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Home ▸ Catalog ▸ |Greek Coins| ▸ |Geographic - All Periods| ▸ |Syria||View Options:  |  |  |   

Ancient Coins of Syria
Seleukid Kingdom, Demetrius III, c. 96 - 87 B.C.

|Seleucid| |Kingdom|, |Seleukid| |Kingdom,| |Demetrius| |III,| |c.| |96| |-| |87| |B.C.||tetradrachm|
The inscription on the reverse of this coin translates, "King Demetrios, the god, father-loving, savior." He was nicknamed Eucaerus ("the Timely") by the Syrian Greeks but was called Acaerus ("the Untimely) by the Jews. He defeated the Hasmonaean priest king Alexander Jannaeus but was forced to withdraw from Judaea by the hostile population. While attempting to dethrone his brother, Philip I Philadelphus, he was defeated by the Arabs and Parthians, and taken prisoner. He was held in confinement in Parthia by Mithridates II until his death in 88 B.C.
SL94920. Silver tetradrachm, Houghton-Lorber 2450(2); HGC 9 1305; cf. BMC Seleucid p. 101, 1 (SE 217, same controls); SNG Spaer 2863 (SE 219, different controls), NGC Ch XF, strike 5/5, surface 3/5 (5771210-005), weight 16.501 g, maximum diameter 30.10 mm, die axis 0o, Damaskos (Damascus, Syria) mint, 97 - 96 B.C.; obverse diademed head of Demetrios III right, fringe of curly beard at jawline, fillet border; reverse BAΣIΛEΩS / DHMHTPIOY / ΘEOY - ΦIΛOΠATOPOΣ / ΣΩTHPOΣ, cult image of Atargatis standing facing, holding flower, barley stalk behind each shoulder, two monograms (controls) outer left, date CIS (Seleucid Era year 216) in exergue, ∆H monogram (control) in exergue on right, laurel wreath border; from the Ray Nouri Collection, NGC| Lookup; scarce; $900.00 (€738.00)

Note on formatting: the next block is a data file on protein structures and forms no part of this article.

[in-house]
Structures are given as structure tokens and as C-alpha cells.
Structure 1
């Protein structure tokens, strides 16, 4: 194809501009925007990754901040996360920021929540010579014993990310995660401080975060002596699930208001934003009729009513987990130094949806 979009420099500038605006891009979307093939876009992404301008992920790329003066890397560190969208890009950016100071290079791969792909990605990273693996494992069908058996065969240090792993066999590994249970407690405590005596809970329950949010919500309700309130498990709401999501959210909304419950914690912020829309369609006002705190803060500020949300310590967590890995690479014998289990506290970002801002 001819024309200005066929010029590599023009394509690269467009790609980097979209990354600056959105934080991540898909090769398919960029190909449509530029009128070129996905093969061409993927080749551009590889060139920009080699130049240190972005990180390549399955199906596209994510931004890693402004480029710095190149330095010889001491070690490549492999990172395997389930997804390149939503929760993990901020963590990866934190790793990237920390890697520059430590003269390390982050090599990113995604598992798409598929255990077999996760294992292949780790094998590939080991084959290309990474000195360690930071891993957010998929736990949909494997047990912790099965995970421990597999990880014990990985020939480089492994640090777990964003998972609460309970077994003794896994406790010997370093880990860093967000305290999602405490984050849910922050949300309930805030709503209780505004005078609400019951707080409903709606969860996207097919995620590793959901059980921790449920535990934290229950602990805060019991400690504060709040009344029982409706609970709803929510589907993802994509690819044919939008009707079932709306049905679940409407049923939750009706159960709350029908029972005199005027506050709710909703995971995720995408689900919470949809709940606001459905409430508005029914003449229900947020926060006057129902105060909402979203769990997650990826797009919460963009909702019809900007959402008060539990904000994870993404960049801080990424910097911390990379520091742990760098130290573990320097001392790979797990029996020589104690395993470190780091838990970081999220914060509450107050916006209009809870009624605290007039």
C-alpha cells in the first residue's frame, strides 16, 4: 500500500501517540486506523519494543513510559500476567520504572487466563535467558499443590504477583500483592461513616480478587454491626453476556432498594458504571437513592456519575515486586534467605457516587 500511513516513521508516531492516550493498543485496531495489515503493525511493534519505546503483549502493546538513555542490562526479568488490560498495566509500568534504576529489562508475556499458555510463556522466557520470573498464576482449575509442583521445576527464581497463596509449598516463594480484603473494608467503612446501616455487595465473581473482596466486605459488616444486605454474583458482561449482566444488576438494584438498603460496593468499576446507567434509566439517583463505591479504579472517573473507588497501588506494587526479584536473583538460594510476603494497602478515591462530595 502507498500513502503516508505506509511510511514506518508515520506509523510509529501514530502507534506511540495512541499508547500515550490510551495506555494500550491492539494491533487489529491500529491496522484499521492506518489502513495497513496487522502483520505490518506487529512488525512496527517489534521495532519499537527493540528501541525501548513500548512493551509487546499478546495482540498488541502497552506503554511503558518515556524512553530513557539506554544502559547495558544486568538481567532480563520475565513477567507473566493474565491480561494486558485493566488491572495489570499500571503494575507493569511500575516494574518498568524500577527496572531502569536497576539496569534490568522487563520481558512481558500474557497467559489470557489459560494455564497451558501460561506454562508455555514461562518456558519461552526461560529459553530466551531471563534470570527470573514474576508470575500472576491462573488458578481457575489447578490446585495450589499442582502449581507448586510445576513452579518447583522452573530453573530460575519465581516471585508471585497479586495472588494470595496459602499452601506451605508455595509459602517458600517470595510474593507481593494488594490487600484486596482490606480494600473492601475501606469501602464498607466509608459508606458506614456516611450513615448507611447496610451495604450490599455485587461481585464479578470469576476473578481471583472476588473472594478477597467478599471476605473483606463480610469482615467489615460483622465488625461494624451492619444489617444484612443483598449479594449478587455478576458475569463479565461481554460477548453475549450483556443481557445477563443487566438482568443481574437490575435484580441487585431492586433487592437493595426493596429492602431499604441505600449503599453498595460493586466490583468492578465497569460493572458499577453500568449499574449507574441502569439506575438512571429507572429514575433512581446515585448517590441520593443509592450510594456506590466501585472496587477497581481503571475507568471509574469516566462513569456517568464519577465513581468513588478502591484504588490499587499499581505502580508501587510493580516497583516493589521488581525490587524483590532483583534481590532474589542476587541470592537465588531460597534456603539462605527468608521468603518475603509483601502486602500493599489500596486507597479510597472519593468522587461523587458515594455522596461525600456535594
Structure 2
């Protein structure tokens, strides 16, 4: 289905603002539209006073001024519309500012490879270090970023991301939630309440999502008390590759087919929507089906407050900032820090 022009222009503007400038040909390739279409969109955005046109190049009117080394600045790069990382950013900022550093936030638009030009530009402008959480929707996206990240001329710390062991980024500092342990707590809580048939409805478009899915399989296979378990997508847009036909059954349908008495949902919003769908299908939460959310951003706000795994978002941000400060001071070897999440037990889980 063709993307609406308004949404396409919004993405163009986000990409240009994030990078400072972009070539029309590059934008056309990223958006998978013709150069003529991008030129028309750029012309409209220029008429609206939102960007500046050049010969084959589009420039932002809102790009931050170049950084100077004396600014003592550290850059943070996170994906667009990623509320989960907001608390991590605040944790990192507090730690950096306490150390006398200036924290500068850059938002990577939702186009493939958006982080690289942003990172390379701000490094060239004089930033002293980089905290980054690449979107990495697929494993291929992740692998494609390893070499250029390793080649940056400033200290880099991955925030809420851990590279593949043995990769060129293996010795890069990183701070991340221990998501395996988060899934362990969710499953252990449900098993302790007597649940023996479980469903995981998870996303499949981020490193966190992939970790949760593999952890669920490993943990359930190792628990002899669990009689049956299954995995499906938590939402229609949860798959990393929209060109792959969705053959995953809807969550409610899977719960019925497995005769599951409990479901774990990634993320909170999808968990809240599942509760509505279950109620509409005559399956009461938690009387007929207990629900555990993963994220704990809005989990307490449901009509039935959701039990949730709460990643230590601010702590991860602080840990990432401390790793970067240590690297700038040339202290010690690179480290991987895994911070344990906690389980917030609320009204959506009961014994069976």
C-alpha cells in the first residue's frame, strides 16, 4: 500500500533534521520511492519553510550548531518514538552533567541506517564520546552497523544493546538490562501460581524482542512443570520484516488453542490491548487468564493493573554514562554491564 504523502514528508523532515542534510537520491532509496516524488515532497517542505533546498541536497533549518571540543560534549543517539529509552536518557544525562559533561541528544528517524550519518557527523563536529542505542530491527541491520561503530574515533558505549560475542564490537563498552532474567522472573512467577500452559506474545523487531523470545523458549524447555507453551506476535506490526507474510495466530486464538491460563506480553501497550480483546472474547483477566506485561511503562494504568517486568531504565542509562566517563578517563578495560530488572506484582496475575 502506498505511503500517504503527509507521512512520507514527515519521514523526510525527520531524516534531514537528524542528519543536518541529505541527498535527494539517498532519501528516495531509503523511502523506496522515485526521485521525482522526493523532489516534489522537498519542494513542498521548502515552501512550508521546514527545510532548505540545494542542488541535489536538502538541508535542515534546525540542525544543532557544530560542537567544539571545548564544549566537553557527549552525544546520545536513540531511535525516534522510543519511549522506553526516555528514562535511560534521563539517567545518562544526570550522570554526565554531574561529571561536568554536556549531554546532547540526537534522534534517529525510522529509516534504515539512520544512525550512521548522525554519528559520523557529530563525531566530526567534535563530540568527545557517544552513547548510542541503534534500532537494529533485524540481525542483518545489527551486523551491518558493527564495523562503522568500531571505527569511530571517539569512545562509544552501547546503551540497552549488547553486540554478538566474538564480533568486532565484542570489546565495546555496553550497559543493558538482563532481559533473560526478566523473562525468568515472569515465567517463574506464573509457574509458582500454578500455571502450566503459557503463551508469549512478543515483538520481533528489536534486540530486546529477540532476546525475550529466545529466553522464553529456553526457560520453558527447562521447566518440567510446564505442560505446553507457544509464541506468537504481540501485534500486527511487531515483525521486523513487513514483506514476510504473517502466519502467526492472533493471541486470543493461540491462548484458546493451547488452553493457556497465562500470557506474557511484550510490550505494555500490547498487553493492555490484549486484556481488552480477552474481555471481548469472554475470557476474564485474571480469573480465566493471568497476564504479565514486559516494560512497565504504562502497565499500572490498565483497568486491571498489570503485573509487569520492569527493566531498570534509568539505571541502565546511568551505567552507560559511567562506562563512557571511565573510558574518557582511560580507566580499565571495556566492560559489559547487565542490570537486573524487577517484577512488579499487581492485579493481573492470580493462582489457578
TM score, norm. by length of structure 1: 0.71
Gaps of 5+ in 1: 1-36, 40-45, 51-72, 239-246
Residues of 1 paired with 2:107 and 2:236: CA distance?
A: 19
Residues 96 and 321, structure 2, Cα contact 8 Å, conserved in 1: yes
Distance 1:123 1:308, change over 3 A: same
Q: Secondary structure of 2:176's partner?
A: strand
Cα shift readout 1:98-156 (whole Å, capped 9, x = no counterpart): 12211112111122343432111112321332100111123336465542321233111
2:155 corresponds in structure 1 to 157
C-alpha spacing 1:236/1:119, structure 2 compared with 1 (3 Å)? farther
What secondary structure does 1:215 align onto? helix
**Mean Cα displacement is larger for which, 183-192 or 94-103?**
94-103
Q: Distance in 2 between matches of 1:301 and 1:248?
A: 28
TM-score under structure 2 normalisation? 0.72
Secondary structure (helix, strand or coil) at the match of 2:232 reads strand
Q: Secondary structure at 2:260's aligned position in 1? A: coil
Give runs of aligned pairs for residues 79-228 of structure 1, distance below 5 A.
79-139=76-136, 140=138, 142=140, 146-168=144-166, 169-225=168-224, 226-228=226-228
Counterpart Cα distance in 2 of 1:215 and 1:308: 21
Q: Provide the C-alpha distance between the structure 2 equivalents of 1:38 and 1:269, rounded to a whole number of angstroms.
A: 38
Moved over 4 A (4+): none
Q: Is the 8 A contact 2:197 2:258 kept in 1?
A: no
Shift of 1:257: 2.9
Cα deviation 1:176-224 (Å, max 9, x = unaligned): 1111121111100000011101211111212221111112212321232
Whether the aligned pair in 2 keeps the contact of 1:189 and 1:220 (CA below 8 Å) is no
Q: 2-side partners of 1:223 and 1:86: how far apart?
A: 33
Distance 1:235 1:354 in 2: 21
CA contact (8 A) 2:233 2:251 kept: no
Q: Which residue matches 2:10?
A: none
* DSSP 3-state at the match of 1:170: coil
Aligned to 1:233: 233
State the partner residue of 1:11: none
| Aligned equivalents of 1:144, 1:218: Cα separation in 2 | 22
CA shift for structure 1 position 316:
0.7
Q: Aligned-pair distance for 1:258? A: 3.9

Seleukid Kingdom, Antiochus IX Cyzicenus, 113 - 95 B.C

|Seleucid| |Kingdom|, |Seleukid| |Kingdom,| |Antiochus| |IX| |Cyzicenus,| |113| |-| |95| |B.C||tetradrachm|
After Antiochus IX's father died, his uncle Demetrius II Nicator took the throne. For his safety, his mother, Cleopatra Thea, sent him to Cyzicus (leading to his nickname). He returned to Syria in 116 B.C. to claim the throne from his half-brother Antiochus VIII Grypus, with whom he eventually divided Syria. He was killed in battle by the son of Grypus, Seleucus VI Epiphanes.
GY95956. Silver tetradrachm, Houghton-Lorber II 2384; Houghton CSE 725; Babelon Rois 1467; BMC Seleucid p. 92, 6; HGC 9 1288k (R2), gVF, well centered, dark old cabinet toning, old scratches, light deposits, weight 15.977 g, maximum diameter 29.2 mm, die axis 0o, Sidon (Saida, Lebanon) mint, 2nd reign, 113 - 112 B.C.; obverse diademed head of Antiochos right; reverse Athena standing left, Nike in right hand, resting left hand on grounded shield, spear behind, BAΣIΛEΩΣ ANTIOXOY in two lines downward on right, ΦIΛO−ΠATOPOΣ downward on left, ΣI∆Ω/IEP / AΣY in 3 lines over outer left, Σ (year 200) in exergue; from the Errett Bishop Collection; very rare; $630.00 (€516.60)


Seleukid Kingdom, Demetrius I Soter, 162 - 150 B.C.

|Seleucid| |Kingdom|, |Seleukid| |Kingdom,| |Demetrius| |I| |Soter,| |162| |-| |150| |B.C.||tetradrachm|